When 45-year-old Felipe Martinez suffered a massive stroke that left him unable to stand, walk, swallow or handle any of the activities of daily living, the one thing he was certain of was that Laguna Honda Hospital and Rehabilitation Center wasn’t for him. Now in his early 60s and after 17 years of intensive physical therapy as a resident patient there, he’s regained some of those skills and his feelings about the hospital have changed. “I don’t know what I will do if they close Laguna Honda down.”
At 5-foot-7, and about 160 pounds, Jim Gallagher is a lean, gentle man with a short gray ponytail. You might never guess he holds the international powerlifting record for competitors 80 and older. He ISs 86.
Judy Goddess is a Sunset District resident, a writer and living proof that aging does not need to mean slowing down. A lifelong learner, she is an expert in several fields, including education and senior issues.
This monthly column offers useful information for seniors and their caregivers. and uplifting stories for all.
Judy Goddess provides helpful tips for Sunset seniors.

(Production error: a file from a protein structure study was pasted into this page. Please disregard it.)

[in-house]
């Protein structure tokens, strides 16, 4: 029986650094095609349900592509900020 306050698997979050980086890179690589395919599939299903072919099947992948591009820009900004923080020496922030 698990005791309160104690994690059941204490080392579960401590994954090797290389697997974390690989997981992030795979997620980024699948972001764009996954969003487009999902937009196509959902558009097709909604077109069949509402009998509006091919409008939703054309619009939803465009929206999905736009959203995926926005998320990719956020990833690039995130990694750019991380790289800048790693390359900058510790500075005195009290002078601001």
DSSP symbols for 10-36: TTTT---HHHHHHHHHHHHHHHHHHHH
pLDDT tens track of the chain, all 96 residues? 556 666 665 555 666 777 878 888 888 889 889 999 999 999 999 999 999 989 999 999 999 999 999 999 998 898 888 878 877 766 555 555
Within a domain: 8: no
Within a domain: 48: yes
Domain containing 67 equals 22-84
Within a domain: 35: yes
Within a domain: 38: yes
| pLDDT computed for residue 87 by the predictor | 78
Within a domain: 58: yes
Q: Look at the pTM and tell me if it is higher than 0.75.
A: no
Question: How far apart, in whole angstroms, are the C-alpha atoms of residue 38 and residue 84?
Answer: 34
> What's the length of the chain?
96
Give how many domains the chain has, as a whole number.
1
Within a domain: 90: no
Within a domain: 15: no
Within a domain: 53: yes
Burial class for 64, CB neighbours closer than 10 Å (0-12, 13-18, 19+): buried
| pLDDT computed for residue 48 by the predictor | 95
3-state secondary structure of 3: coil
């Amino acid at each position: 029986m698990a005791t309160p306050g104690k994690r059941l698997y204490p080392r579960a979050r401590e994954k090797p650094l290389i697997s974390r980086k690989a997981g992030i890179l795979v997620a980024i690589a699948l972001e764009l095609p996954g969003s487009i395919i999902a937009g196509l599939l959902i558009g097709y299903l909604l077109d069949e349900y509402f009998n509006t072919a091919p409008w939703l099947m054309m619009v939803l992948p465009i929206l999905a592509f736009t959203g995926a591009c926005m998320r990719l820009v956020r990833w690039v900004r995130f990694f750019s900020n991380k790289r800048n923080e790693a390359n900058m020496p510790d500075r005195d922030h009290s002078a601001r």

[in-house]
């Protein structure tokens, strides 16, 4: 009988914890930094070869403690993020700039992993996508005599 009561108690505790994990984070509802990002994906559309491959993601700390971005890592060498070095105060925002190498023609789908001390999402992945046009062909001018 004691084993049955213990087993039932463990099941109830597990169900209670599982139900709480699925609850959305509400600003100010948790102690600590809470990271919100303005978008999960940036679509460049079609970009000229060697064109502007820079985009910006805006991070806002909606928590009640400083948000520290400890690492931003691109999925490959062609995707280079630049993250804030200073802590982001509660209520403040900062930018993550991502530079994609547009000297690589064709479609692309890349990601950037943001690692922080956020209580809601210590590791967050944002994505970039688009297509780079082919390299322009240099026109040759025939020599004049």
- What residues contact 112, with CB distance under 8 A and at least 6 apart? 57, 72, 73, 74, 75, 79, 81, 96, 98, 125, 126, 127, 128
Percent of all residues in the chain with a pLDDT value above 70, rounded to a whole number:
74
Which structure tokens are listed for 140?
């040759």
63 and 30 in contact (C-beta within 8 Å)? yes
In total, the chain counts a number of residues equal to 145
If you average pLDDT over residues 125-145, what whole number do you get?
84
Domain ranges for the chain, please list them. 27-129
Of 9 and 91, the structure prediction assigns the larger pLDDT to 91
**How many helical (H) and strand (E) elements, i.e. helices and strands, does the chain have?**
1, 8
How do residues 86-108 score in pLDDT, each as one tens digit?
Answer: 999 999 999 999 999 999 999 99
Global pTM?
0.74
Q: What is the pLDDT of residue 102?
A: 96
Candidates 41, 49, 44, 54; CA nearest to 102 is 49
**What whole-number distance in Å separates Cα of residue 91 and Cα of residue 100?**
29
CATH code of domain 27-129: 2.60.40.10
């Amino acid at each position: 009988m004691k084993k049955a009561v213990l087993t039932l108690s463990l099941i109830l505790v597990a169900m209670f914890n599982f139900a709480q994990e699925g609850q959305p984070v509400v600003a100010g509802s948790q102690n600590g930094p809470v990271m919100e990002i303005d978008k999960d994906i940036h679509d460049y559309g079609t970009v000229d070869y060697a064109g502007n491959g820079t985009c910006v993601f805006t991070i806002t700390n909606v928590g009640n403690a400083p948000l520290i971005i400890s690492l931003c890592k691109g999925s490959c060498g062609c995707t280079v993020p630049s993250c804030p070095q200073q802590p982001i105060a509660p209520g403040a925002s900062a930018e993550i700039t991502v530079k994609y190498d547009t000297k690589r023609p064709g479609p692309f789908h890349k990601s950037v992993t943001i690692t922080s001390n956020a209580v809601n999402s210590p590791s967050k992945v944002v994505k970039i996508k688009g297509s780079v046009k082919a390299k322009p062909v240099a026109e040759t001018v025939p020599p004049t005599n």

Helpful resources for seniors who can use assistance coping with financial impacts of the shut down due to COVID-19.
In pre-COVID times, the San Francisco-Marin Food Bank partnered with churches, schools, and senior and community centers to provide free food to San Franciscans. Because COVID closed so many of these buildings, the Food Bank has opened temporary pop-up pantries.
A variety of resources are available to help seniors cope with the COVID-19 pandemic.
Suggestions for coping in these difficult times when classes, activities, and events have been shut down and those of us who are older are being strongly encouraged to stay home.
Information and activities for seniors in San Francisco.
Sunset Spotlight features activities, events and programs designed especially for seniors.
Older people are the fastest growing age group in San Francisco. By 2030, nearly 30 percent of all San Franciscans will be 60 years of age or older. Many have likened it to a silver tsunami, and, like all tsunamis, something to be feared.
Self-Help for the Elderly operates three centers on the west side: one in the Richmond District and two in the Sunset District.
Seniors are among California’s fastest growing population. Currently, 10 percent of Californians are seniors; by 2030, that percentage is expected to almost double to 19 percent. How can we create a future that guarantees that every senior lives with the dignity and independence we all deserve?